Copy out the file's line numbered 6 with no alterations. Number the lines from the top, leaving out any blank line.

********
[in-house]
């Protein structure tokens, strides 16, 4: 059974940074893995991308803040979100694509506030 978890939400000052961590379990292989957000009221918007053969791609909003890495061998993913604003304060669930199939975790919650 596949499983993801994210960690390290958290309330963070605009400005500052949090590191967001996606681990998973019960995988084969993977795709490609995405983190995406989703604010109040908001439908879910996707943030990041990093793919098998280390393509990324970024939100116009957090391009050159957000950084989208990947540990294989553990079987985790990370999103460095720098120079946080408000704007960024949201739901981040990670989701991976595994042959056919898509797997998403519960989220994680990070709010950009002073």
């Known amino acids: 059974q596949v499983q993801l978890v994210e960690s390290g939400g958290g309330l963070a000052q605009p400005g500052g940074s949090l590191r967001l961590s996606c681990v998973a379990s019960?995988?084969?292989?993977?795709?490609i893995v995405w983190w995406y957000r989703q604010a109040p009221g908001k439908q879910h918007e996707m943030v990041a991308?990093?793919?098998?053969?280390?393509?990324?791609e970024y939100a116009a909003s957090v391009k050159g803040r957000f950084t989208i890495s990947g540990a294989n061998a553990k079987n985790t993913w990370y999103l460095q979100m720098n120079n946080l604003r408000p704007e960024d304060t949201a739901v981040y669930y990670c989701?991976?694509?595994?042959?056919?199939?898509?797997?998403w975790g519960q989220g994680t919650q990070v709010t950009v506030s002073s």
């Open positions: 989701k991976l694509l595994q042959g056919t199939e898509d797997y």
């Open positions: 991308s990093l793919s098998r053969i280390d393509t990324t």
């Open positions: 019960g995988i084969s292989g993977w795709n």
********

């Open positions: 019960g995988i084969s292989g993977w795709n």